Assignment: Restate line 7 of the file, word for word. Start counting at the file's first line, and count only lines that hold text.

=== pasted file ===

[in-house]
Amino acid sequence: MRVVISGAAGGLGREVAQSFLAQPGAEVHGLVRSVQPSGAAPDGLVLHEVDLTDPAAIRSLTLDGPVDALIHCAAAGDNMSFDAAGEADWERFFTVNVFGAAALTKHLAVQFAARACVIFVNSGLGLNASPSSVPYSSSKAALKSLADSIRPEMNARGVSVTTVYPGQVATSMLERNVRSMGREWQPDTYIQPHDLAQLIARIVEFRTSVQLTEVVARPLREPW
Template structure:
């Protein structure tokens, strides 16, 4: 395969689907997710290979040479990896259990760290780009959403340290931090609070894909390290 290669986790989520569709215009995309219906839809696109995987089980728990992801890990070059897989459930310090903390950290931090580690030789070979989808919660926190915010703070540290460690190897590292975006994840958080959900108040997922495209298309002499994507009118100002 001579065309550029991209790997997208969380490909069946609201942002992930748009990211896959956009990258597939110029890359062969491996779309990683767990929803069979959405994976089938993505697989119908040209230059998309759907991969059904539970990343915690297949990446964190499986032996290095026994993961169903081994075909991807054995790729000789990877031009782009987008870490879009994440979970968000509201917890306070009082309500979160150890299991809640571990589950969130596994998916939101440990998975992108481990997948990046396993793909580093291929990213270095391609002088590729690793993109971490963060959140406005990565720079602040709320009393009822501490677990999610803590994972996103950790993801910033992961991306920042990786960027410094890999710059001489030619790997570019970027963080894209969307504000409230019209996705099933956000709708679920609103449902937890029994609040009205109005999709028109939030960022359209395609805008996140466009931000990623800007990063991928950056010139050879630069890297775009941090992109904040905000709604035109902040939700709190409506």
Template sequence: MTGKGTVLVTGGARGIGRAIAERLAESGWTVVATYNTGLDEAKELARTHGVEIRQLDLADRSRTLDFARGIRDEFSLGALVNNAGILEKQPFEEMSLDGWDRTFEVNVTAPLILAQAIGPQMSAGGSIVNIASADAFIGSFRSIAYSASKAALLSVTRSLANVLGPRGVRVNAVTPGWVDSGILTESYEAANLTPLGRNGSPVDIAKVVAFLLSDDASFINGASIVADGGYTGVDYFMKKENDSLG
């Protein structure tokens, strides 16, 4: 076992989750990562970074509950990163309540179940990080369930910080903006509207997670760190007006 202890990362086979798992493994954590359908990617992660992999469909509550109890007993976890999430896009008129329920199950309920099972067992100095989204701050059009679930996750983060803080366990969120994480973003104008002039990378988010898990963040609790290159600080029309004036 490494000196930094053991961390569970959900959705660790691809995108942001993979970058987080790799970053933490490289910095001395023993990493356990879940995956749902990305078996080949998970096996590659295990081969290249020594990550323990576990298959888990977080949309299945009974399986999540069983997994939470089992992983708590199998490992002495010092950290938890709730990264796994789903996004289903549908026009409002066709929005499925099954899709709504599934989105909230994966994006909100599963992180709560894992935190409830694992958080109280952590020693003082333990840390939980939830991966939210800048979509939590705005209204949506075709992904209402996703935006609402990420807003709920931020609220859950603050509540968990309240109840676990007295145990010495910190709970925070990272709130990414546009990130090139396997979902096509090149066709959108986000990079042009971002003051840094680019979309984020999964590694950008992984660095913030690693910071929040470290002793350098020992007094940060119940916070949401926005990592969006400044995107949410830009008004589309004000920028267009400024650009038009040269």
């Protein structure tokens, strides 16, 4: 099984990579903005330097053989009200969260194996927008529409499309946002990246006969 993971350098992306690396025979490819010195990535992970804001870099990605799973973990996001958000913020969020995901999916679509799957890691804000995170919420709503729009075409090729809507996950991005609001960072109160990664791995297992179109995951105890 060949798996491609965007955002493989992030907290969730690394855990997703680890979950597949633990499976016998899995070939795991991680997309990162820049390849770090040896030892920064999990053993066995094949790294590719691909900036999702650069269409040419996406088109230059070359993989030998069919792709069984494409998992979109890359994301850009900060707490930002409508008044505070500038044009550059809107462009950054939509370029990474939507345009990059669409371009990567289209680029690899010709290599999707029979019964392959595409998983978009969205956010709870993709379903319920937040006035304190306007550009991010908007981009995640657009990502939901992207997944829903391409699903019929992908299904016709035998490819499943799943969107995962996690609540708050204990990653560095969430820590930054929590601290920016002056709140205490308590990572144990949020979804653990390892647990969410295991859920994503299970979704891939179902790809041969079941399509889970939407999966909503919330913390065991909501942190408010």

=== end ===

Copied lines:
């Protein structure tokens, strides 16, 4: 099984990579903005330097053989009200969260194996927008529409499309946002990246006969 993971350098992306690396025979490819010195990535992970804001870099990605799973973990996001958000913020969020995901999916679509799957890691804000995170919420709503729009075409090729809507996950991005609001960072109160990664791995297992179109995951105890 060949798996491609965007955002493989992030907290969730690394855990997703680890979950597949633990499976016998899995070939795991991680997309990162820049390849770090040896030892920064999990053993066995094949790294590719691909900036999702650069269409040419996406088109230059070359993989030998069919792709069984494409998992979109890359994301850009900060707490930002409508008044505070500038044009550059809107462009950054939509370029990474939507345009990059669409371009990567289209680029690899010709290599999707029979019964392959595409998983978009969205956010709870993709379903319920937040006035304190306007550009991010908007981009995640657009990502939901992207997944829903391409699903019929992908299904016709035998490819499943799943969107995962996690609540708050204990990653560095969430820590930054929590601290920016002056709140205490308590990572144990949020979804653990390892647990969410295991859920994503299970979704891939179902790809041969079941399509889970939407999966909503919330913390065991909501942190408010």